The individuals in Mao's collective kingdom: a study of motivational needs of PRC state-enterprise employees
2017-06-08T06:44:01Z (GMT) by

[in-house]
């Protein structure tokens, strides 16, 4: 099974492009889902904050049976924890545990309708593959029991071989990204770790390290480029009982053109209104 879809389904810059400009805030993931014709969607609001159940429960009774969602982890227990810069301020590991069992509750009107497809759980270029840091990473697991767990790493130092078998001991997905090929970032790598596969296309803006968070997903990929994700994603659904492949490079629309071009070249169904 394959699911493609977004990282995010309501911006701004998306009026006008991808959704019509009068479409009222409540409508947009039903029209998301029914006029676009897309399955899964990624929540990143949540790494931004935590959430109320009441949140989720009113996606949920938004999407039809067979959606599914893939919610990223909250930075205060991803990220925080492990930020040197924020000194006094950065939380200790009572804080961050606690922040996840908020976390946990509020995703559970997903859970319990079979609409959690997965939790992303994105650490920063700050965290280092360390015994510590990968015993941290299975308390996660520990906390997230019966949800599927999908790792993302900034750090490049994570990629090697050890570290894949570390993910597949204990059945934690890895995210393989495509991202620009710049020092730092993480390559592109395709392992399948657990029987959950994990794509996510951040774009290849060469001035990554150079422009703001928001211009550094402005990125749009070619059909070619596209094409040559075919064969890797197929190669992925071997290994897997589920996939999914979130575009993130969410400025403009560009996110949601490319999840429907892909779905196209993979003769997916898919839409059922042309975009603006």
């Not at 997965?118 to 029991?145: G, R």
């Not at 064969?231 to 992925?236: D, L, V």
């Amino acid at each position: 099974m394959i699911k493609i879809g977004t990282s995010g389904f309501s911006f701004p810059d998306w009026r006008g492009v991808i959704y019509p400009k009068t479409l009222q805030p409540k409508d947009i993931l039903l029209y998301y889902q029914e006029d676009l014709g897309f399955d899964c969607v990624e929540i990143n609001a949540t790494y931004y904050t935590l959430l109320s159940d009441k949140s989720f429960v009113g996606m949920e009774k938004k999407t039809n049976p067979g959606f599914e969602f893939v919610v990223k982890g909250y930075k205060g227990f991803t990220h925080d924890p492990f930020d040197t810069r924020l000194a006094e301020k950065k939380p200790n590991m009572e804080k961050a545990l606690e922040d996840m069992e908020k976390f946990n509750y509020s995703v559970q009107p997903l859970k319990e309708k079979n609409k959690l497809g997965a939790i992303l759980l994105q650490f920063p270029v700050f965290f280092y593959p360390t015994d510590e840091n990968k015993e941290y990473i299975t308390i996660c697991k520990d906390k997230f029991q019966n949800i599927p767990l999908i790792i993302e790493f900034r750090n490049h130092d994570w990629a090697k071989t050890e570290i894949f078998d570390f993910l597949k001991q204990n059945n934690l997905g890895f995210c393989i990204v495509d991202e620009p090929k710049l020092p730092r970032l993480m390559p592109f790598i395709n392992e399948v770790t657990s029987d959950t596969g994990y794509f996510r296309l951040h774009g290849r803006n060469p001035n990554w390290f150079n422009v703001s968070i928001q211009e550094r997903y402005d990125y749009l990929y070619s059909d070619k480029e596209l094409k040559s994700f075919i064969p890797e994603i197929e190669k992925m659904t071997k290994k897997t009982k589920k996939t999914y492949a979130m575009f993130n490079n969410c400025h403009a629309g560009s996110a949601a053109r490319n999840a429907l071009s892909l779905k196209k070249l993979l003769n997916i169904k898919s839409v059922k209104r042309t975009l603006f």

The purpose of this study was to understand the motivational needs of PRC (People's Republic of China) state-owned enterprise employees by utilising Maslow's hierarchy of needs theory as a framework. The focus of the research was to develop an explanation for the motivational needs of the PRC state employees. A qualitative inquiry was developed in three stages of group interview, seven semi-structured interviews and observation as preliminary study, main data collection and supplementary data collection method respectively. Data analysis methods consisted of the traditional method of examining the interview files manually and by using the computer program Ethnograph v.5. The research investigated the content in each category of Maslow's hierarchy of needs in the PRC context. It found that physiological needs consist of housing and medical subsidies. Safety needs consist of staying employed in the state-owned enterprise though the research also found that some of the managers indicated that this category of need may not be important. There is a significant focus on the belonging needs category, especially on the PRC state employees' relationships with their managers. Self-esteem needs include respect and recognition for these PRC state employees and that motivators in this category include bonuses, travel and promotion. Lastly, the study indicates that self-actualisation may be an abstract ideal for these employees. Interestingly, self-actualisation also includes a comparison of the employees among themselves to gauge their own abilities and achievements. The research proposed that the motivational needs in this study depict an emerging sense of individualism from these PRC state employees. This is attributed to economic and social changes taking place when the research was conducted. The emergence of individualism is particularly apparent in higher-level needs of belonging, safety, self-esteem and self-actualisation. In addition, extrinsic forms of reward in the form of bonuses, travel and housing subsidies are more prevalent than intrinsic forms of moral encouragement, and they tend to motivate the employees individually. These factors strengthen the argument that individualism is emerging as a part of the motivational needs of the PRC state employees.